ROCKY MOUNTAINS BOOM WITH TRADE Gold Towns Stir With Activ ity—Farmers, Oil, Smelters and Air Lines Busy. Br th» Amo-M'.vO rr*M DENVER, Colo. Nnv#mh»r 4 Re- ! rew*d u(* in stirring In the Rorktr* ! New quest* for gold are peopling ghostly rlUe* The Jlv** stock Industry 1* re- j eoverlng, while dairy and poultry price | Increases are encouraging the farmer*. j who are contemplating aggregates In I Millions Production in sugar beet factories 1* | reflecting exceptional Autumn weather i and laying the basis for Increased J activity all along the business line I Onion growers are expecting three to; Jive times last year's prices, Protein Boosts Wheat Prtre. Sheep receipts on the Denver market *re two weeks ahead of la«t year, with produrl ton eosta down 20 per cent Oil drilling I* stimulating population *nd business in Northeast Colorado and bringing employment to idle hands Wvomlng farmer* are looking forward to 15,000.000 from potatoes, beans and gugar beets Montana la enjoying im proved prices for corn, barley, turkeys, butterfat, eggs and hay, and lower wheat yield )a offset by high protein content worth a premium of 4 cents or more. .. . . Teleplione aubacribers tliroughout the mountain region are increasing. Air companies are expanding. Extensive toad operation* are under way. Cripple Creek Again Buay. Cash distribution of $19,375,000 tv forecast for the beet crop, which pressed 21 of the factories of the Orcat Western fiugar Co. to record production. The new activity In gold mining Is centered in Colorado and Montana. Fixed price for the precious metal, coupled with reduced mine operating expense, has brought renewed life to such famous, but long neglected, dis tricts as Cripple Creek, Boulder, San Juan, Clear Creek and Gilpin Countlea. Oold equipment companies are corre spondingly busy. Dredging operations are getting under way in Alder Gulch In Montana, the most famous of the early placer camps; at Pioneer, another site of territorial Industry, and in Lincoln Gulch, where many thousand dollars' worth of the metal has been mined and panned. Many of the older quarts claims again •re producing. Big Smelter* Reopened. There is revival of activity in smelters Which were closed earlier in the year. On September 15 the American Smelt ing At Refining Co.'s plant at East Helena, Mont , one of the largest in the country, resumed operations on a limited basis after a three-month shut down. Tire phosphate plant of the Anaconda Copper Mining Co. at Ana conda reopened in October with pros pects of operating through the Win ter and well Into the Spring. Reopening of a smelter at Leadvllle, Colo., late in September for an In definite period put 125 men back to work. At Pueblo. Colo., the steel mills of the Colorado Fuel & Iron Co. showed renewed signs of activity after a slack Summer. Oil Boom Brings New Town.. The oil development in Northeastern Colorado brought a brisk movement of business in that section, Including building of a new town. Influx of cap ital and labor In connection with the oil field activities stimulated business generally. Twenty-five of the major oil companies have taken leases in this district, and 10 to 15 new wells arc being drilled, at cost of SIOO,OOO each. Department .store trade showed sea sonal Increase in September, which brought the volume to a little short of average. Air Transportation Gains. Air transportation gained by leaps and bounds with extension of airmail routes. Western Air Express reported lor the first 10 months an increase In business volume of 71 per cent over the same period last year. As a re sult of this, and the extensions of the Cheyenne-Pueblo airmail route to El Paso and Amarillo, Western Air, dur ing October, spent $40,000 rehabilitat ing eight airplanes and increased its apace at the Denver municipal hangar. Thirty men were added to the com pany's pay roll in Denver. Building operations in Denver in clude erection or a $5,000,000 court house and city hall, a large library at the University of Denver and a new’ theater costing $1,000,000. I SHOE PLANT REOPENED FRANKPORT, Ky . November 4 1 - Between 400 and 500 employes of the j Hoge Montgomery Co., Idle for the last few weeks, will return to work this week, .it was announced by the com pany Monday. The shoe manufacturing plant rr aumed operations today with a small force, but others will be added during the week. Heads Ministerial Union. HERNDON. Va. November 4 (Spe cial).—At the meeting of the Minis terial Union, Rev. O. B. Lloyd of the j Baptist church was elected president, to succeed Rev. Alexander Galt who has moved to Virginia Beach. SPECIAL NOTICES. *rHE ANNUAL MEETING Or THE PERPET UAL BUILDING ASSOCIATION will be held at the office of the association, 11th »nd E nr n » , Monday. November 18th. 1931. at 7 30 o'clock p m. EDWARD C BALTZ. Secteiarr THF. ANNUAL MEETING OP THE SHARE holders of the Eoultable Co-operative Build- In* Association will be held at the office ot the association. 91S F st. n w., Wednesday. November 4. 1931. at 4 4S o'clock n m WALTER S PRATT. Jr. Secretary Why a Fellow A a Policeman called at my home. S o cloyk in the morning. E. Hes Swem, Sun . 8 p m.. Centennial Bapt Ch . 7th A Eye n e OUR REPUTATION COMES FROM CARE- Jul handline “on-time" arrival and low cost* of moving household Roods frpm points ■within 1.000 miles. Just phone and we will Kindly e.-,iote our rates NATIONAL DELIV ERY ASSN . INC National 1460 WE WILL SELL AT PUBLIC AUCTION. FOR unoaid hen. a 19,18 Chrysler coach, motor No 105321. serial LH-UlO-r Sale to take place at Gus Eichbere s 466 >a a\e n w . on Wednesday. November 11th. at 7:30 pm Terms of sale Cash Siened. UNIVERSAL CREDIT CO I WILL NOT BE RESPONSIBLE FOR ANY debts contracted by anv one other than mv ee'f LEO F MARTIN. 413 Allison St. nw. $• J WILL NOT BE RESPONSIBLE FOR ANY debts contracted by any one other than my eeit t O THOMAS. Conduit rd n w 5* GRAPE JUICE -for sale 'at Terminal Refrigerating Corp 11th and E st». aw Chilcott Bros. Tel Vienna 18-F-S • * ATTRACTIVE PRICE —on tin-vina now available Taka advantage of this money-savin* opportunity. BV LHifcTT PAYMENTS if desired. J FLOOD r uu v r. w o. st. x.w. Day. Dec. TWO Evening Ciev. (Wl». AFTER* M t r ARS AT 7tR 7th Bt N \V j Non tn our ne» i.omt. 1 1108 K 8t N.W. A EBEKLYS SONS. INC Let your roof —reflect the discrimination of the pru dent. house owner—thorouchly repaired, well painted and guaranteed by this re liable firm. Ask for estimate : VTIAMQ Roofing District 0933 J\VJn/Is«3 jCompany. 1H 3rd St BW. AN ENLARGED PRINTING PLANT —designed te meet modern business demands. May we serve you? The National Capital Press IU AVt . 3rd wad NS t Use. MHW. > Radio Audition Prize Winners 1— SELECTED AR BEST TOING SINGERS IN WASHINGTON. ! my -■ —1 Yi ' Hr -mm MISS INA M HOI TZBCHETTER. 335 Kentucky avenue southeast. ani ! Edwin C. Bteffe. 509 Third afreet, who will represent the District In the Northeastern finale of the Atwater K»nt Foundation 1931 auditions in New York November 23. SEPTEMBER TRADE FIGURES ARE GOOD Britain Best Customer —Fa- vorable U. S. Balance Is $9,853,581. Tiie United Kingdom supplanted Canada a* America’s best customer in September, purchasing $34,589,023 in American good* as against $28,001,653 for the Dominion. Both the export figures, however, showed sharp declines from the same month last year, when the United King dom took $57,845,532 and Canada $51.- 978.595 in American shipments. Commerce Department reports today gave the United States a favorable trade balance, for September of $9,853,581 and showed trade with Asiatic countries holding up better than those on other continents. Imports from Great Britain were sl3 - 379,213 in September compared with $17,017,363 and from Canada $21,927,- 618, against $32,522,475. Russian Trade Hold* Up. Shipments to Russia continued to hold up well, amounting to $10,500,292 against $4,923,093. Soviet trade repre sentatives said, however, this did not mean that Russia was buying more in the United States than heretofore, but rather that orders for heavy machinery given a year or more ago were Just now being filled. In another report cabled to the Com merce Department today, business con ditions in Great Britain were described as considerably improved since the Na tional government victory at the polls on October 27. Besides acting as a strong stimulant to business confidence, the department was advised the outcome of the elec tion had Immediate favorable reaction in many lines of industrial activities. "Early extension of important tariffs as one result of the election is con sidered probable by business opinion,” said the report drafted by Commercial Attache William L. Cooper, at London. Sterling Decline Help*. The report came 24 hours after the department had received world-wide telegraphic information of a noticeable upward leap in business from many parts of the globe. Depreciation of sterling with the re duction in gold prices of exports also has resulted in a stimulation of British production, according to Cooper. He added that the view is rather widely held in British trade circles that this increase in activity may be sustained, despite increased prices in terms of pounds sterling of imported raw ma terials. The report showed registered unem ployment aggregated 2.738,000. which represents a decrease of 74.000 from a month ago, though a net increase of 539.000. as compared with the situation in October, 1930. HARVESTER COMPANY RESUMES OPERATIONS j Several Hundred Men to Return to Work by End of Week on Four-Day Schedule. By Ihe Associated Press. CHICAGO, November 4 —Officials of the International Harvester Co. an nounced yesterday that it had resumed active operations November 1 in all its United States and Canada plants. By the end of the week several hundred men will be back at work at wages ! ranging from 10 to 20 per cent under I the former rates. Seniority rights, the officers said, will be observed in the re-employment and married men will be given preference. The new schedule in most plants, in creasing the week to four day, will af fect approximately 20 plants. ASTRONOMER STILL ILL Condition of Dr. Edwin B. Frost Is Reported Unimproved. CHICAGO. November 4 (A*).—'The condition of Dr. Edwin Brant Frost, famous astronomer of Yerkes Observa tory. was reported unimprived yesterday at the Albert Billings Memorial Hospital of the University of Chicago, where he is suffering a gall bladder infection. • Overall Plant Reopens. ATHENS. Ga., November 4 <*P More than 100 persons wrre givers em ployment here today when the Klirnax | Overall Co plant began operations The I factory was recently moved here from I Winder. Ga. Will Rogers Says: SAN ANTONIO. Tex—Just flew in here from Mexico City bv two good lines, the Pan-American to Brownsville and American Airways to here That's a great valley town in that lower end of Texas But did you know there is a me** of Re publicans down in there? The rest of Texas is ashamed of 'em. and got 'err. segregated a wav off down there sfsfdfsfd to themselves. I been sway a few days, but I see by the papers Mr. Hoover’s got a new commission. This Is one of the most unique one of all. He has ap pointed It to find out "if he storied about the Navy or if he didn't.'' THE EVENING STAR, WASHINGTON, H. C.. WEDNESDAY. NOVEMBER 4, 1931. Doctor Dies H 1 v 43 j ~i. JHIL DR. ROBERT COLTMAN. DR. COLTMAN DIES IN CAPITAL HOME | Members of Famous Family, Who Served in China 40 Years, Succumbs. Dr, Robert Coltman, a descendant of j one of the oldest families in this city and for 40 years a physician in China, much of the time as physician to the imperial family, died yesterday at his home at the Wardman Park Hotel after a long illness. Dr. Coltman was born in this city in 1862, and was a graduate of Jeffer son Medical College, Philadelphia, in the class of 1881. Served Chinese Royalty. He went to China as a young man and for 20 years served as personal phy sician to the late Viceroy Li Hung Chang, as w’ell as to members of the former imperial family. In 1900 he re linquished the active practice of medi cine to join the China staff of the Standard Oil Co. of New York. He served in various capacities leading to the post of diplomatic representative in charge of conduct of all company relations with the Chinese government and other governments represented in Peking He was among the Imprisoned Amer icans in the Peking siege of 1900, in which he served as officer in charge of sanitary policing of the besieged area, and also was a member of the Interna tional Volunteers and the Civilian Aux iliary of the defending Marine con tingent. Retired in 1925. Dr. Coltman retired from active busi ness in 1925. returning to make his home in Washington. At the time of his death he was serv ing as surgeon of the Pennsylvania So ciety of the Cincinnati, membership in I which he inherited by direct descent from Capt. Robert Coltman. an artil lery officer who served through the Revolution on the personal staff of Gen. ! Washington. He was a son of Dr. Robert Coltman. sr, of Washington and the grandson of Charles Lilly Coltman. one of the pioneer residents of Washington and one of its early builders. He was a Mason, a member of the District of Columbia Chapter of the Sons of the American Revolution and j the Society of the Cincinnati. Survived by Widow, Dr Coltman is survived by his widow, Alice Winifred Coltman; two sons, Rob ert. jr.. of this city and William Pethick. Nanking. China; three daughters. Mrs. James Robertson of London. Mrs. Ar thur Forrest of Kuching, Sarawak, and Mrs. Jack McCullough of Singapore, Straits Settlements; a brother. Thomas C Coltman. Breckenrijige, Colo.; a sis ter, Mrs. Oliver C. Clifford of Chicago, and by ll grandchildren. His grandson. Robert Coltman. 3d. now at Dartmouth, ‘ is the seventh Washingtonian in direct descent from Revolutionary ancestors Funeral services will be private and private burial will be in Glenwood Cemetery tomorrow. JOHN B. FOSTER RITES ARE SET FOR TOMORROW Early Washington Linotype Operator Served Government for 23 Years. John B Foster, 63, one of the first linotype machine operators in Wash ington, died suddenly yesterday at his residence, 634 Gresham place Mr, Foster had been employed at the Government Printing Office for 22 years, the last- six of which were spent, as assistant foreman of the linotype section. Born in Loginsport. Ind. he came to Washington rfter serving w-ith sev nal newspapers in Cleveland He was, one of the first linotype operators on , the Washington Times. He was a j member of Columbia Typographical j Union. No. 101, and belonged to King Solomon Lodge. He is survived by his widow, one son. a brother and sister of Wabash. Ind.. and two grandchildren. Funeral services will be held at Deal s undertaking establishment tomorrow at 2:30 p.m. Burial will be in Fort Lin- In Cemetery, I Three hundred and fifty fruits were I gathered from a passion fruit vine in ‘ Woodville. new Zealand, recently. AUDITION WINNERSj IN D.C. ANNOUNCED Miss Holtzscheiter and Edwin Steffe to Compete in $25,000 Contests. Miss In* M Holtzscheifer, lyric *n pr*no, 335 Kentucky avenue southeast. I *nd Edwin C. Steffe. baritone. 509 ] Third street. tod»v were declared win- , ners of the District of Columbia finals i of the fifth national radio audition for j young singers This victory entitles j them to go to New York as guests of the Atwater Kent Foundation, where ! they will compete November 23 with > State audition winners of New England and other North Atlantic States for a share of the $25,000 in rash awards and scholarships which the foundation offers. Mias Helen Donofrio. coloratura so prano. 3700 Massachusetts avenue, and Leonard R. Davis, baritone. 712 Fifth street northeast, were declared winners of second places in the District of Co lumbia audition, which was broadcast : by WRC last Saturday. "Contestant No. 23.” Miss Holtzscheiter. the winner, was introduced to the radio audience as 'Contestant, No. 23.” Bhe sang "Les Filles de Cadiz," by Delibes, and "II j Bacio,” by Arditi. Steffe. the male I winner, was introduced as "Contestant I No. 28.” and sang "Erl Tu,” from the j “Macks Ball,” by Verdi. Miss Donofrio, who was introduced as “Contestant No. 25,” sang "Polonaise,” from “Mignon.” I by Thomas. Davis, introduced as "Contestant No. 22,” sang "Vision Fugi tive,” by Massenet. Both Miss Holtzscheiter and Steffe were runners-up in the District of Co lumbia audition of 1930. Miss Holtz scheiter is employed as a secretary with the firm of Wallick & Shorb. and is studying voice with M. B. Hilton and Florence Howard. Steffe. an employe of the Federal-Amertcan National Bank & Trust. Co., attained his first vocal training in the National Cathedral Choir, and has studied with Mrs. Ger trude Lyons, president of the District of Columbia Federation of Music Clubs, Edgar Priest and Myron Whitney.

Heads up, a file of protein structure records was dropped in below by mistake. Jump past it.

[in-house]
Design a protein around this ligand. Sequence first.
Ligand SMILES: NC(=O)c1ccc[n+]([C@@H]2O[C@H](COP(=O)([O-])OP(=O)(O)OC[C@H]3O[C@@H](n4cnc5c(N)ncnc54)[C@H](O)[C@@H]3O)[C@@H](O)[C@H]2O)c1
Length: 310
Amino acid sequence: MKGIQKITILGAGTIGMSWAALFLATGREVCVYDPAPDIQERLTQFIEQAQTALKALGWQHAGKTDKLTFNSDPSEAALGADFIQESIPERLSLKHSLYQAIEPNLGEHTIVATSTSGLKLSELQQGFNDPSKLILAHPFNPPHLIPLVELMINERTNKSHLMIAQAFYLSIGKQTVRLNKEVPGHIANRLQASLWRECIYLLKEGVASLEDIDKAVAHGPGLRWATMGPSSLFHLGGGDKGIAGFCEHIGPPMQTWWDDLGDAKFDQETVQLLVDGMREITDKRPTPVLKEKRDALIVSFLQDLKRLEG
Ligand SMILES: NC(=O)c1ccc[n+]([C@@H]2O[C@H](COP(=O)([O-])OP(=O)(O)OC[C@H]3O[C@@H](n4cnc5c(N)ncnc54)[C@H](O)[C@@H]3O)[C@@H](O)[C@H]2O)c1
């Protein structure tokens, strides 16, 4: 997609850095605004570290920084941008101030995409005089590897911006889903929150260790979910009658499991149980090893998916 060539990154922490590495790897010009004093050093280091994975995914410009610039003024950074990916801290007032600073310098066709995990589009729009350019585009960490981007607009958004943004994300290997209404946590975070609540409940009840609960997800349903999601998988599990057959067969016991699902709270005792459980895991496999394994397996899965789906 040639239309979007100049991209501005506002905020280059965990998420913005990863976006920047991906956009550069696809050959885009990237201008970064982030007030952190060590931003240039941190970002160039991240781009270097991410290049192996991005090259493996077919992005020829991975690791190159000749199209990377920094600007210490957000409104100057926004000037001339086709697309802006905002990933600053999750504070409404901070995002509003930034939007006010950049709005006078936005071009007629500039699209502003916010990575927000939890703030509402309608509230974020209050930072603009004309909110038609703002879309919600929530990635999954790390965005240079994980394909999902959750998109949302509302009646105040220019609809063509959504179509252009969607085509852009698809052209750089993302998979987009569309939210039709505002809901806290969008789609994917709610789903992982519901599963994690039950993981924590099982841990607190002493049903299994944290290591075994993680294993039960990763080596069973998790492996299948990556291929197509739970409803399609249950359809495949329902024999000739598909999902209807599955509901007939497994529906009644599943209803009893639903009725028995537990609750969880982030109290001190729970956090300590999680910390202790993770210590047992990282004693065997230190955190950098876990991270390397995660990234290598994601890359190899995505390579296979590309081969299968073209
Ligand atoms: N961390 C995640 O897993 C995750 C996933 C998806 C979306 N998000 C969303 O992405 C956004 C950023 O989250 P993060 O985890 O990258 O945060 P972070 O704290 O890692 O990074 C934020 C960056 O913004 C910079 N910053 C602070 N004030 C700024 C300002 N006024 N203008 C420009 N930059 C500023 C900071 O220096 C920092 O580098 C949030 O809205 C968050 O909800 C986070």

Favorites of Judges. Miss Holtzscheiter and Steffe were both favorites of the official judges, whose ballots counted 60 per cent, as well as of the radio* audience, whose ballots counted 4D per cent In deter mining the winners. The official judges were Helen Fetter Cook, former music editor of The Eve ning Star; Ruth Howell, music editor, the Daily News; Florence V. Kaiser of the radio department of the Washington Post; Jessie Macßride, former music editor of the Washington Times; Capt. Taylor Branson, leader of the United States Marino Band; Lieut. Charles Benter. leader of the United States Navy Band; James E. Chinn, radio edi tor of The Evening Star; Andrew R. Kelley, dramatic editor of the Wash ington Times, and W. J. Stannard, leader of the United States Army Band. TWO LODGES VISITED BY MASONIC MASTER C. Fred Cook Pays Official Call on Two Capital Groups at Mount Pleasant Hall. Accompanied by the officers of the Masonic Grand Grand Master C. Fred Cook Monday evening inaugu rated the fifth week of the series of grand visitations of 1931 by making an offi cial call of ceremony on Mount Pleas ant Lodge, No. 33. and Barristers Lodge, No. 48. meeting jointly In Mount Pleas ant Hall, Fourteenth and Kenyon streets. Both lodges had appointed committees in connection with the visit and they co-operated in arranging tor a gala event. The attendance was so large that the spacious hall was crowded. Fol lowing the conclusion of the official business of the evening, the grand master called on Past Grand Masters Keiper. Dunkum. Finley and Jacobs, each of whom spoke. Responses were also made by Charles D. Allen, master of Mount Pleasant Lodge, and by How'ard T. Jones, master of Barristers Lodge. Past Master Aubrey H. Clay ton. on behalf of the two lodges, pre sented to the grand master a magnifi cent basket of cut flowers. The visitation was followed by an entertainment. Newton Hammer. Fred East and William Raymond contribut ing solos and duets. The evening closed with the serving of refresh ments. This afternoon at 2 o’clock grand of ficers called on King Solomon Lodge. No. 31, the only “daylight” lodge in this Masonic jurisdiction. ARGENTINA PREDICTS ERA OF PROSPERITY Higher Peso, Better Crop Prices and Stable Government Are Forecast. By the Associated Press. BUENOS AIRES, November 4. l Argentina awoke today with the feeling the country has just turned the corner upon an era of new prosperity end saw the peso officially quoted at 4.07, the highest in a long time. The prospect of a stable, regularly chosen government after the elections on November 8, hopes for a good crop and better prices, and a sharp upturn cf the peso were looked upon as giving promise of rapid emergencies from the financial doldrums. Government figures showed large ex ports of wheat, linseed, wool, hides and other staples against the lowest imports in years. An outlook for an orderly election next Sunday was a material factor in the revival of optimism, at which time the de factor government, which has remained in power sine? the 1931 revo lution. will be supplanted bv a regularly elected constitutional regime Crp conditions are excellent, al though the wheat acreage is 20 per cent less than in 1931. KLEIN POINTS TO TREND OF IMPROVED BUSINESS Tells Atlanta Club That People of XT. S. Are Regaining Their Confidence. By the Associated Press. ATLANTA. Ga.. November 4.—A stabilization of wholesale prices and the first glimmer" of an upward trend wrre pointed out here last night by Dr ! Julius Klein. Assistant- Secretary of I Commerc*. as encouraging signs of a I change in economic renditions. Dr Klein spoke before an Atlanta | audience at a dinner given by the President's Club. He said the people of the Lnited States are regaining confi dence and now will build on faith in stead of theory. CHURCH ANNOUNCEMENT. M. E. (Colored). Union Wesley A. M. E. Zion Church sard St. N.W. •Jhe 113th Anniversary Celebration n P M —Sermon by Dr. Wm. oi Galbraith A M. K. Z. Church, report bT hls CSor * l Union. Clase leaders | j Star Trophy Presented "BURY DEPRESSION** FLOAT WINS RECOGNITION. Mrs. SARGENT C. ELLIOTT, president of the Blair-Hayes Parent- Teacher Association, today was presented with The Evening Star trophy for entering the best local organization private decorated vehicle t in the Halloween parade. A. K. Shlpe, chairman of the Board of Trade Prize Committee, presented the cup in the presence of the student body. The winning float, bearing the sign “Bury Depression,” consisted of a “casket" surrounded by ghosts. It was designed and built by Sargent C. Elliott and Frank R. Keagy. Left to right, above, are Mrs. Elliott. Miss S. R. Craighill. administrative principal, and Mr. Shlpe. —Star Staff Photo. CITIZENS DEMAND BETTER DRAINAGE Columbia Park Association to Ask Relief of “Flood Con ditions” in That Area. Determination to carry to high offl- ; cials the campaign for correction of i "flood conditions" said to exist In the j Columbia Park district after every heavy rain was expressed by the cit izens’ association of that territory at Its regular meeting in the George Truesdell School last night. Insufficient drainage facilities were I held responsible for the flooding of cellars and streets in the area between Fifth and Seventh, Ingraham and Gal latin streets, in the opinion of the resi dents at the meeting. It was decided to communicate with the District Com- ; missioners by letter, through a personal call by E. F. Neagle, president of the i association, and direct conference with the office of the engineer commissioner. The association resolved to make every effort to halt the construction of a Washington Gas Light Co. gas tank at Ridge road and the Baltimore «fc Ohio tracks, asserting that the presence of such an object would be an In fringement on a residential district. It was resolved not to designate a representative to the North Washington 1 Citizens' Joint Committee on the ■ grounds that this committee if main tained will constitute a "little federa tion” within the present Federation of Citizens’ Associations. Belief was ex pressed that the functions of the North ! Washington Committee could be prop erly handled through the usual channel of reference to the city-wide federa tion A membership drive also was an nounced at the session last night, prizes for those obtaining the most new mem bers to be awarded at the next meet ing. It was decided to change the meeting night from the first Tuesday to the second Wednesday of each month, pending approval of the use of the'school building at the latter time. JOBLESS DECREASE IN PENNSYLVANIA Employment Reports Show Im provement Is Marked in Coal Mines and Textile Industry. By the Associated Press. HARRISBURG, Pa., November 4 The Bureau of Employment of the State Department of Labor and In dustry has reported marked improve ment In the anthracite fields as well as continued near-capacity operation in the textile industry. The report comprises a summary of periodical surveys made by district em ployment offices. The apple crop, ready for harvest, has taken up considerable employment slack in Franklin and Adams Counties and the Fall construction program in the Harrisburg district shows a marked increase ih volume. Mines long idle In the Lykes andWiconisco districts have reopened to employ 700 full time. Increased demand for anthracite brought considerable improvement to the Scranton district and increased em ployment on coal-carrying railroads. One large producer reported 25.000 miners called back to work w’ith good chances for steady employment through the Winter. One colliery in Luzerne County is working three shifts, both inside and ) on surface strippings, after a shut- ; down of 11 years. 175 Employes Return. PINE BLUFF. Ark.. November 4 GPV —The Cotton Belt Railroad called 175 employes back to work in its locomotive department here yesterday after a lay off of 30 days. They are working on ! a full-time six-day week basis. It’s Easy to Find Out why Marlow’s Reading Anthracite means more money in your pocket * book and more comfort in your home. Just order a few tons NOW —com- pare with other fuels—and you’ll want to use Marlow’s Reading An thracite ALWAYS. Telephone us vour order TODAY. Marlow Coal Co. 811 E St. N.W. NAtional 0311 DepanJabla Coal Sarviem Sine* 1858 101 Years Old HERNDON CENTENARIAN HON ORED BY DINNER. ' \ CjjL V- i..' ■ \mjKL 33Hv: JOHN DWIGHT PECK, Still hale and hearty at the age of 101 ] years, was honored by a dinner held at * the home of Dr. William Meyer, Hern i don, Va. Those comprising the party ! were Frank Peck, Joseph Murphy, Ben j jamin Middleton, William Brogden, Harry Middleton and Mathew Middle ! ton. —Star StafT Photo. j MORE JOBS TO OPEN GADSDEN, Ala., November 4 (A 5 ). Officials of the Gulf States Steel Co. announced today operations in all de partments of the plant here will be re sumed next Monday. The announcement said the plant will continue at 50 per cent capacity. For some time many departments have been shut down, while others were working m reduced schedules. • — . • 200 Men Go to Work. BREVARD. N. C., October 4 (A*). — After standing idle for almost a year the Carr Lumber Co., at Pisgah Forest, has resumed operations and placed 200 men at work in the mill and in the woods. ?? "'See Etz and See Better” >$ CXP ss To go without glasses when << you need them mars the » » pleasure of many an occa- « SS sion. To wear glasses un- « « suited to your appearance is // 1 // unnecessary and unwise. >) : ETZ » Optometrist V> « 1217 G St. N.W. SABATINI BLASTS MYTHS OF HISTORY William Tell Never Lived. “Iron Mask” Erroneous, Audience Told. The necessity of studying history } with a critical mind was emphasized last night by Rafael Sabatinl, whose l modem historical novels have done much toward preserving the colorful tales of the past. Speaking under auspices of the Com munity Institue. before a capacity crowd in Central High School, Saba tinl cited several outstanding instances of historical distortion of fact. William Tell, who according to his tory shot an apple from his son's head to win his freedom, never lived, de spite the fact three chapels and numer ous statues have been erected In his honor In Switzerland, Sabatinl de clared. Tell Myth Exploded. A creature of someone's imagination. Tell has become a Swiss national hero. Sabatini said, and Is the outstanding example in support of the assertion that, history ts composed of fiction in no small degree. The famous man 1n the Iron mask also was shorn of his mystery by the novelist. The mask was of velvet, not Iron, he said, and the man who wore It was an Italian governor who had swindled Louis the Fourteenth. The King's henchmen kidnaped the gov ernor and Imprisoned him in France. There is strong reason to believe the mask was worn to hide some disfigure ment. Sabatini said, and not because the prisoner was the twin brother of the King and the rightful ruler of France, a belief widely held In some circles. Guest of Lido Club. After the lecture Sabatini was guest of honor of the Lido Civic Club at a reception and dance in the Mayflower Hotel. The Italian embassy was represented at the receptiqp by Count Carlo Soardi and Signor Adriano Monaco, secretaries, and Cav. dl Girolamo, chancellor. Among other guests were Representa tives Vincent L. Palmlsano of Maryland and Fiorello La Guardia of New York, District Commissioner Herbert B. Crosby and District Attorney Leo A. Rover. FINAL RITES SET FOR SAMUEL GANSS Veteran Capital Broker to Be Buried Tomorrow Afternoon in Washington Hebrew Cemetery. Samuel Ganss, 79, Washington com mission broker for more than half a century, died late yesterday at his home, 2726 Connecticut avenue. Fu neral services w’ill be held at the Wash ington Hebrew Congregation Temple at 2 o’clock tomorrow afternoon, fol lowed by burial in the Washington He brew Cemetery. Mr. Ganss was bom in Maryland and came to Washington in 1877. He had represented clothing manufacturing firms in Washington for more than BO years, from the establishment of his business at 805 G street to the time of ills death. He was a member of St. John's Lodge, No. 11, F. A. A. M.; a past pres ident of B’nai Brith. member of the Elks, the National Union and the Washington Hebrew Congregation. He was a member of the board of directors j of the Washington Hebrew Congrega tion and of the Hebrew Home for the Aged. Besides his widow, Mrs. Jessie Ganss, he is survived by two daughters, Mrs. Wallace Luchs and Mrs. Edgar C. Kaufman; a granddaughter, Mrs. How ard Nordlinger, and a grandson, Wal lace Luchs, Jr., all of Washington. NEW 'OLD BOOKS BOUGHT SOLD PAUL PEARLMAN 1711 G St, N.W. Pi, 3543 THEY ARE DIFFERENT AND THEY ARE SELLING And that is the Acid Test OF VALUE PRICES $13,450 to $14,200 WRENWOOD Rittenhouse St. and Broad Branch Rd. CHEVY CHASE, D. C. Both neighbors and neighborhood are real reasons for permanent value. The exquisiteness of finish, the construction and their beautiful set ting. They form their own private park —do full credit to Sir Christo pher Wren, the famous English architect, for whom the grouping is named. Some have cellars and others are designed with the NEW FIRST FLOOR SERVICE ROOMS. » All are worth taking time to SEE THOROUGHLY. NEW EASY TERMS TO INSPECT • Turn right from Chevy Chase Circle two squares on Western Avenue, then right on Ritten house St. two squares to Broad Branch Road, {Shannon&luchS| I 70% ** ACUTE INDIGESTION Tu ..Night! (when drug atone art* closed.) Why not be safe with Bell-ana on hand ... Now! BELL-ANSilp FOR INDIGESTION ESSWtMBi Money to Loan on First Mortgage Security L. W. Groomet, 1719 Eya St. , For 1931-1932 Debutantes Corsage of flowers are most appreciated* Consult us for Flowers and Decorations 1407 H Street kSfS National 4905 ,4,,, ** s ■ ,|^wfTCTTRrrET*?! Diaplav Home ini SHEPHERD PARK | 1366 Juniper St. N.W. | • Completely fu r niehed. 8 roo ma, 4 bed roomi, 2 bathe and 2-car heated garage. An unueual den with rough hewn oak bea ma, charac teri all c of Early American Homes. Drive out 16th St. to Alaska Ave.. to It Hlh St., turn left on lith St. to fl Juniper St. and our home. || L. E. Breuningcr & Sons I Constipation Gone! • A elossed intestinal tract lg quickly, safely and surely cleared with Hexaeol. the dependable aallne • laxative. Beniehes impurities from the system. Never cramps or weak ens you. The first thing in the morning stir a spoonful or two in • a glass of water and drink your own health. At all good drug stores. HEXASOL Before Breakfast for Healtk Tcompan y1 bear in mind that there’s more to ware house service than meets the eye! For ex ample, conscientious consideration for the things you might hold dear is one of the un. seen factors in United States Storage business policy. Call Metro politan 1843 for an es timate. ★ 418 10th Street ★ At The First Sign of a COUGH H EXNCT9IANT H COMPOUND BN -HI u ■ H COUGHS || .Hfi COLDS H rip minos B .Hg BSONCMLU. K H ,iIUTATIOM* M sHI ll Hti onesK MM • Coughs due to colds are promptly relieved with an occa sional spoonful of Hall's Expec torant. The family stand-by for more than a quarter of a century. ifadß EXPECTORANT |Lc> m n iti f AMaJ f m Kab r (laaaae rrvffipwy flno Jdiflj dwops COUGHS** to COLDS «MUIEUMT»E«E M«, —a—« »1 A-3